The Impact of Advancing Technology on Marketing and Academic Research
Academic research in marketing often and rightfully tends to either build on well-established past research topics or follow well-established practices in industry. However, as technology advances, it might be possible to foresee some more enduring trends and focus research on future issues rather than on past issues. One approach would be to study emerging technologies with rapidly declining costs. Each of these emerging technologies spawns myriad applications that have the potential to dramatically impact existing markets. Interesting research topics include the study of the impact of these applications on different market participants (e.g., final consumers, the seller, the seller of complementary services, intermediaries, information providers, competitors, other industries). Research topics also include the optimal structure for products and services, given these new applications, as well as which intermediary should offer particular services. Research topics also include the interactive ability to rapidly customize marketing strategy by identifying individuals at particular points in time and under particular demand conditions. Five of these technologies include enhanced search services, biometrics and smart cards, enhanced computational speed, M-commerce, and GPS tracking.
Volume (Year): 23 (2004)
Issue (Month): 4 ()
|Contact details of provider:|| Postal: 7240 Parkway Drive, Suite 300, Hanover, MD 21076 USA|
Web page: http://www.informs.org/
More information through EDIRC
References listed on IDEAS
Please report citation or reference errors to , or , if you are the registered author of the cited work, log in to your RePEc Author Service profile, click on "citations" and make appropriate adjustments.:
- Toubia, Olivier & Simester, Duncan & Hauser, John & Dahan, Ely, 2003.
"Fast Polyhedral Adaptive Conjoint Estimation,"
4171-01, Massachusetts Institute of Technology (MIT), Sloan School of Management.
- Thomas J. Steenburgh & Andrew Ainslie & Peder Hans Engebretson, 2003. "Massively Categorical Variables: Revealing the Information in Zip Codes," Marketing Science, INFORMS, vol. 22(1), pages 40-57, August.
- Jinhong Xie & Steven M. Shugan, 2001. "Electronic Tickets, Smart Cards, and Online Prepayments: When and How to Advance Sell," Marketing Science, INFORMS, vol. 20(3), pages 219-243, June.
- Jianan Wu & Arvind Rangaswamy, 2003. "A Fuzzy Set Model of Search and Consideration with an Application to an Online Market," Marketing Science, INFORMS, vol. 22(3), pages 411-434, March.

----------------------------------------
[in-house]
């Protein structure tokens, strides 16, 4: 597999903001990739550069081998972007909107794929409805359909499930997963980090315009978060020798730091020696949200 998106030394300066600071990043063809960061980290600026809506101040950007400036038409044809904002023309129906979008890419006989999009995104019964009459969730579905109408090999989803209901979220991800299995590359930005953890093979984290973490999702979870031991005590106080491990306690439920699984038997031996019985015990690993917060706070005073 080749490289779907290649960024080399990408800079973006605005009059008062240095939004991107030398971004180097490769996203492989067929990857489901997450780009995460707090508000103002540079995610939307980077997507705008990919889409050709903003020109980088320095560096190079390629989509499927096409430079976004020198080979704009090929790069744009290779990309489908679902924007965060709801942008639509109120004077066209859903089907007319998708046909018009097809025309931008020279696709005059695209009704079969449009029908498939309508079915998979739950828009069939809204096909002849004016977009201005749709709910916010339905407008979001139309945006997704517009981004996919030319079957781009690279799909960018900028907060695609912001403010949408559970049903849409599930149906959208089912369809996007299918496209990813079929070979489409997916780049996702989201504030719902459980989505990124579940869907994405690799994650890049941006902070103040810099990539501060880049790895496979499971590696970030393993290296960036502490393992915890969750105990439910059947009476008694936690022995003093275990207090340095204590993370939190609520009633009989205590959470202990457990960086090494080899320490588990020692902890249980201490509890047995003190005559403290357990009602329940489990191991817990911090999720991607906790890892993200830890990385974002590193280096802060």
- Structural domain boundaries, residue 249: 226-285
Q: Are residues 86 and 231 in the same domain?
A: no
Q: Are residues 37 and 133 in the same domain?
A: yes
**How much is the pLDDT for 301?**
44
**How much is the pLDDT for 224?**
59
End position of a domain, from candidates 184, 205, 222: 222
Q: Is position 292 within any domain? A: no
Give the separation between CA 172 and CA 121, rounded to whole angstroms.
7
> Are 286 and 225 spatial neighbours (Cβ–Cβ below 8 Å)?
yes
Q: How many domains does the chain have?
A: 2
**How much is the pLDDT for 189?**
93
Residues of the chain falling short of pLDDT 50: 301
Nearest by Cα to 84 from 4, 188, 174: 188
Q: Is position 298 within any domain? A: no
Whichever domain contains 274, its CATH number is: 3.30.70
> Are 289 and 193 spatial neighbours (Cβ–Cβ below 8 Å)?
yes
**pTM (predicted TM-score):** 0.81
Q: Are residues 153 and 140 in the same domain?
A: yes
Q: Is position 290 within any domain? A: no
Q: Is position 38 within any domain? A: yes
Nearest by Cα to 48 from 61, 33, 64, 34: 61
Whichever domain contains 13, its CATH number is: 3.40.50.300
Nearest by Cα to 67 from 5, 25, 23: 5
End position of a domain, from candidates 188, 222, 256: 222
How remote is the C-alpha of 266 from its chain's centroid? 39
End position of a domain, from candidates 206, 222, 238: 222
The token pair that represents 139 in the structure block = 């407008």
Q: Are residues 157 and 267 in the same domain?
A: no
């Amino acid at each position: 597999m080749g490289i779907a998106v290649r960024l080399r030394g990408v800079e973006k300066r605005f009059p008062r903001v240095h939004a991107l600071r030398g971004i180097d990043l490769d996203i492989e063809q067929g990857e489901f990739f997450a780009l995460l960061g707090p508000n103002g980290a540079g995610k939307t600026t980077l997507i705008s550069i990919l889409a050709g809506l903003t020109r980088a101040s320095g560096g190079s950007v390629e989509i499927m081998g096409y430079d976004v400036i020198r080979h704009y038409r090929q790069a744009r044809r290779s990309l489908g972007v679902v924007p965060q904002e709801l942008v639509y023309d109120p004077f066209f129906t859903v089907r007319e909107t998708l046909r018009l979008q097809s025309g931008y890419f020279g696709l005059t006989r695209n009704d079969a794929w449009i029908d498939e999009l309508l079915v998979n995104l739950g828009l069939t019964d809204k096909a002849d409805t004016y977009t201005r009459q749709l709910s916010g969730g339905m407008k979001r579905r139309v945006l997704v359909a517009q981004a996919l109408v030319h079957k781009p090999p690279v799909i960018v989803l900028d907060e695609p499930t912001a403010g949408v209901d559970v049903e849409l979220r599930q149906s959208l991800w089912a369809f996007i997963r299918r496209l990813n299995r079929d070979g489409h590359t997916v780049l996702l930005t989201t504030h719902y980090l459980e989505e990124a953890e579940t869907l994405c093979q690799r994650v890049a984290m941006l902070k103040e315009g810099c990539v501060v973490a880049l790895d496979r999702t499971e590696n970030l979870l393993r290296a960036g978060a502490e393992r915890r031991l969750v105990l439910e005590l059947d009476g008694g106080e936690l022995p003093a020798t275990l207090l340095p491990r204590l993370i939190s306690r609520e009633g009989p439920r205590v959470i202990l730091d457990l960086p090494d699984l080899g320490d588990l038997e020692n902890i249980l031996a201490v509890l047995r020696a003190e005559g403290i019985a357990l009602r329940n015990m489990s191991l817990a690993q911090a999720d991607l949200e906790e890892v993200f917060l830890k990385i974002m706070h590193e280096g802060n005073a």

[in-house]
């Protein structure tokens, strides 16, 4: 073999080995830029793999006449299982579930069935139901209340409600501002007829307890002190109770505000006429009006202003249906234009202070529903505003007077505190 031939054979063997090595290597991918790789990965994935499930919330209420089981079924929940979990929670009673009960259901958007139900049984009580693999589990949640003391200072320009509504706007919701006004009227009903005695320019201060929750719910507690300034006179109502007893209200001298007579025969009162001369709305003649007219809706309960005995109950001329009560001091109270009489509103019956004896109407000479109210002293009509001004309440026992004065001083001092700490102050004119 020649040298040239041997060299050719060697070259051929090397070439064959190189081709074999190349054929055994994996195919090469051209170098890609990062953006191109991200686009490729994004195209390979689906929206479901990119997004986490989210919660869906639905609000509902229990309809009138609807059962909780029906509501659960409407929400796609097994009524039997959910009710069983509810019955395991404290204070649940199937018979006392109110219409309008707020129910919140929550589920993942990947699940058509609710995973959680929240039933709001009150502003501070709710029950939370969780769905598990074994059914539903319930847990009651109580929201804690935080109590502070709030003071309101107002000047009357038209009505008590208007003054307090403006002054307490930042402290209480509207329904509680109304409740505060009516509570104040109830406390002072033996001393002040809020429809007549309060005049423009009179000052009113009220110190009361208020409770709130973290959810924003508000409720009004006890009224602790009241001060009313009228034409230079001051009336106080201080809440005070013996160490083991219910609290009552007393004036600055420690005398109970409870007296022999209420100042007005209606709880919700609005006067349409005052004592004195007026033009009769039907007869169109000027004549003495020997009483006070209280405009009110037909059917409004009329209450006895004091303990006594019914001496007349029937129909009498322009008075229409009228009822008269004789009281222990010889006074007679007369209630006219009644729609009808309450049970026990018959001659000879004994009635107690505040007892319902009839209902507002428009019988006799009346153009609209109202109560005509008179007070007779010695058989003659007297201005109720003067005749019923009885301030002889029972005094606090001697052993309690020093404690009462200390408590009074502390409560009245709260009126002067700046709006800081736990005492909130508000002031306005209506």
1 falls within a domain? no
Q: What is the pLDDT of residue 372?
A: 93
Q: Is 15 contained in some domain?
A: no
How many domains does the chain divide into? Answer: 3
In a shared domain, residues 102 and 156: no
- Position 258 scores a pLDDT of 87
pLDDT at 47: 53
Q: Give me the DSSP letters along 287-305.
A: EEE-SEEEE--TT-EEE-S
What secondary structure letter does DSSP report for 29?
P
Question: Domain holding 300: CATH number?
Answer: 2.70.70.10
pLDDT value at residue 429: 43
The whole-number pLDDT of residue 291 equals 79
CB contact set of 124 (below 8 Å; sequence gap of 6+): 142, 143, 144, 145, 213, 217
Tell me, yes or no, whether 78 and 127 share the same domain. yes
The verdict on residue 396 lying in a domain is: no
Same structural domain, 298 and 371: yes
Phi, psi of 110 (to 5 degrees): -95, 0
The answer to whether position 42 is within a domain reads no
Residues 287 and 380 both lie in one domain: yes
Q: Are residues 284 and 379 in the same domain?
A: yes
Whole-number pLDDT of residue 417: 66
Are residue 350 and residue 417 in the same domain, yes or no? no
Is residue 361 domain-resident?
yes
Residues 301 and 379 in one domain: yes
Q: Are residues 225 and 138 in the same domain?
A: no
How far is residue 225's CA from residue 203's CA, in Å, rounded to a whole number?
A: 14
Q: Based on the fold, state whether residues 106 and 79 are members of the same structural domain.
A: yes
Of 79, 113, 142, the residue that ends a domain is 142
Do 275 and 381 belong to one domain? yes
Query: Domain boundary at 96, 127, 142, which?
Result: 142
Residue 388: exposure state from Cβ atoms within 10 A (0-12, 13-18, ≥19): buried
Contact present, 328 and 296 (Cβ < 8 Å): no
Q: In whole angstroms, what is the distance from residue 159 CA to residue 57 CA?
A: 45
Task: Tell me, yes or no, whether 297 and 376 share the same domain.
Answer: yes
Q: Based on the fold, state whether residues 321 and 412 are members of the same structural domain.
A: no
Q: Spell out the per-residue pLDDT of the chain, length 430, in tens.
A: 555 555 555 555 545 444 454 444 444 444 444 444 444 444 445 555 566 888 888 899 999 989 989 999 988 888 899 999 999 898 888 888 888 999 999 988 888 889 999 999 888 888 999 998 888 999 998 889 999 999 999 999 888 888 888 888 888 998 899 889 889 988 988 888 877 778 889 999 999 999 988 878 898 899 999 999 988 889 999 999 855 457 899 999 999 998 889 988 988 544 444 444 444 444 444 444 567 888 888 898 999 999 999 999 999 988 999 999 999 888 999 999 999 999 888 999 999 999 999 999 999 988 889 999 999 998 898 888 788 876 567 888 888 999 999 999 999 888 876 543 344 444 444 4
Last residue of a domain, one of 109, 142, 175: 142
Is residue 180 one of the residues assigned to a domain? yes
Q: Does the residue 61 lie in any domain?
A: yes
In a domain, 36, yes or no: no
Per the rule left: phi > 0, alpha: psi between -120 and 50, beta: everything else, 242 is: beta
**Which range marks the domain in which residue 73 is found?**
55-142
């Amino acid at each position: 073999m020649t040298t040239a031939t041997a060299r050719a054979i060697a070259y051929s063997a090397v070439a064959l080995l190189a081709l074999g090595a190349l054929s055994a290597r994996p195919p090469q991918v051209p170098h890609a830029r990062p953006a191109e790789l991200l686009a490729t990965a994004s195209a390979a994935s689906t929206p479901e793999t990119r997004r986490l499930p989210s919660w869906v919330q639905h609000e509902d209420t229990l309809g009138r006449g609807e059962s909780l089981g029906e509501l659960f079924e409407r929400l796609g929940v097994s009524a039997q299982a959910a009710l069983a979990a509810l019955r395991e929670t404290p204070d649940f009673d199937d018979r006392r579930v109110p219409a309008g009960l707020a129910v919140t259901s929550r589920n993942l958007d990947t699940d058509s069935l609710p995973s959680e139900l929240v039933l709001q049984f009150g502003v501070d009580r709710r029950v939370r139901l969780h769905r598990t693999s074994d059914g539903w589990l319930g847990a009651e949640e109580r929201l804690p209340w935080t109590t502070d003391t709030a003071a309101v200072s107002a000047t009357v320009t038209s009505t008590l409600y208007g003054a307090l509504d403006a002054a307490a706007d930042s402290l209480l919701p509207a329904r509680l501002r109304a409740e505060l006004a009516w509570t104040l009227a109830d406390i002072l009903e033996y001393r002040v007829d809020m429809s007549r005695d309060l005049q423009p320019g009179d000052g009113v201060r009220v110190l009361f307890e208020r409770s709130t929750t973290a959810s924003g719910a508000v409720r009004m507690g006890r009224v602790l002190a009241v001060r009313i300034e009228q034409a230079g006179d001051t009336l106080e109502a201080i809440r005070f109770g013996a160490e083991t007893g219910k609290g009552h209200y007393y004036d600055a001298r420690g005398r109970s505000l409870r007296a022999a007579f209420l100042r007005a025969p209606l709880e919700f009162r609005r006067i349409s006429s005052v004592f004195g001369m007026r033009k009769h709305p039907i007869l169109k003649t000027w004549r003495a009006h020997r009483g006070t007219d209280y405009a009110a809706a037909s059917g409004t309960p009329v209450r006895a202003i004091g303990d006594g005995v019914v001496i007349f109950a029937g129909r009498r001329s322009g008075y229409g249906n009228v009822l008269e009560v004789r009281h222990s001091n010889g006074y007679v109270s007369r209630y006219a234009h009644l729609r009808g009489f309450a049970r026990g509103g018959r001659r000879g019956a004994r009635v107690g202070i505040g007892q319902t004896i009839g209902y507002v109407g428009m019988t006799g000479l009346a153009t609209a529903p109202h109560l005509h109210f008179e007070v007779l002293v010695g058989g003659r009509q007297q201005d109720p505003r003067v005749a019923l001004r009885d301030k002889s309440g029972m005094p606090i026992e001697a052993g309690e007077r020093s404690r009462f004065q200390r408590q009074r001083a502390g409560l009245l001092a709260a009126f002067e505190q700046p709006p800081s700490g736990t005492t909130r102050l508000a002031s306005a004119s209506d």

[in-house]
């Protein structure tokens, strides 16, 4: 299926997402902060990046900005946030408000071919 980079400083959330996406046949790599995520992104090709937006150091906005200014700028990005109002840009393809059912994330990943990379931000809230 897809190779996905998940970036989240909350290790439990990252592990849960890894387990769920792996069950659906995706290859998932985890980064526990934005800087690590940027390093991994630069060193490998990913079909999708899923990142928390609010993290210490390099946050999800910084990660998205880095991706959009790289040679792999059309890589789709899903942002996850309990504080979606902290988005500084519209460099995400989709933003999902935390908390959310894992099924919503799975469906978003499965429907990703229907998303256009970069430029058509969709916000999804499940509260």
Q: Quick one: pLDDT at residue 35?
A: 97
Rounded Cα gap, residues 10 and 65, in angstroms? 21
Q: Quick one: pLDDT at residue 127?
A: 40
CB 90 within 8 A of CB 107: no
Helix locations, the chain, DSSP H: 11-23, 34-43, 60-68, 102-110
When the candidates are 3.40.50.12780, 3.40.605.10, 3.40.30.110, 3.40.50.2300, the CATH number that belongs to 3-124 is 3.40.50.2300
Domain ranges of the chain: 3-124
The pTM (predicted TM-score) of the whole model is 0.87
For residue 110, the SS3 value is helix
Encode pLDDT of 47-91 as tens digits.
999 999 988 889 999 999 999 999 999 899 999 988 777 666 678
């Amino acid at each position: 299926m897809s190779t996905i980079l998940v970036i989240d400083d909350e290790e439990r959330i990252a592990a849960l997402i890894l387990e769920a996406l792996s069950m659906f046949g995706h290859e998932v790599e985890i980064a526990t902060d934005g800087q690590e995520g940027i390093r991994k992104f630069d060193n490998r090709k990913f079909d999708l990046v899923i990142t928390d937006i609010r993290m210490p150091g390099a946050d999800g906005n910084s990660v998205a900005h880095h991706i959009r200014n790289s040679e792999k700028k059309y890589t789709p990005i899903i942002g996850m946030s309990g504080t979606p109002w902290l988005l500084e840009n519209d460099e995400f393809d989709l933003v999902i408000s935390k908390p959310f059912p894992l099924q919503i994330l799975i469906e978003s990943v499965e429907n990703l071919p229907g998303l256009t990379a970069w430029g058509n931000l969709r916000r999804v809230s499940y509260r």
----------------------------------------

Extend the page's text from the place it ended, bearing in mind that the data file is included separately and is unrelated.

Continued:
- Amiya Basu & Tridib Mazumdar & S. P. Raj, 2003. "Indirect Network Externality Effects on Product Attributes," Marketing Science, INFORMS, vol. 22(2), pages 209-221, April.
- Eric T. Bradlow & David C. Schmittlein, 2000. "The Little Engines That Could: Modeling the Performance of World Wide Web Search Engines," Marketing Science, INFORMS, vol. 19(1), pages 43-62, June.
- Steven M. Shugan, 2003. "Editorial: Defining Interesting Research Problems," Marketing Science, INFORMS, vol. 22(1), pages 1-15.
- Anthony Dukes & Esther Gal–Or, 2003. "Negotiations and Exclusivity Contracts for Advertising," Marketing Science, INFORMS, vol. 22(2), pages 222-245, November.
- Peter J. Danaher & Isaac W. Wilson & Robert A. Davis, 2003. "A Comparison of Online and Offline Consumer Brand Loyalty," Marketing Science, INFORMS, vol. 22(4), pages 461-476, February.
- Gerard J. Tellis & Stefan Stremersch & Eden Yin, 2003. "The International Takeoff of New Products: The Role of Economics, Culture, and Country Innovativeness," Marketing Science, INFORMS, vol. 22(2), pages 188-208, October.
- Patrali Chatterjee & Donna L. Hoffman & Thomas P. Novak, 2003. "Modeling the Clickstream: Implications for Web-Based Advertising Efforts," Marketing Science, INFORMS, vol. 22(4), pages 520-541, May.
- Gavan J. Fitzsimons & Donald R. Lehmann, 2004. "Reactance to Recommendations: When Unsolicited Advice Yields Contrary Responses," Marketing Science, INFORMS, vol. 23(1), pages 82-94, September.
- Thomas P. Novak & Donna L. Hoffman & Yiu-Fai Yung, 2000. "Measuring the Customer Experience in Online Environments: A Structural Modeling Approach," Marketing Science, INFORMS, vol. 19(1), pages 22-42, May.
When requesting a correction, please mention this item's handle: RePEc:inm:ormksc:v:23:y:2004:i:4:p:469-475. See general information about how to correct material in RePEc.
For technical questions regarding this item, or to correct its authors, title, abstract, bibliographic or download information, contact: (Mirko Janc)
If you have authored this item and are not yet registered with RePEc, we encourage you to do it here. This allows to link your profile to this item. It also allows you to accept potential citations to this item that we are uncertain about.
If references are entirely missing, you can add them using this form.
If the full references list an item that is present in RePEc, but the system did not link to it, you can help with this form.
If you know of missing items citing this one, you can help us creating those links by adding the relevant references in the same way as above, for each refering item. If you are a registered author of this item, you may also want to check the "citations" tab in your profile, as there may be some citations waiting for confirmation.
Please note that corrections may take a couple of weeks to filter through the various RePEc services.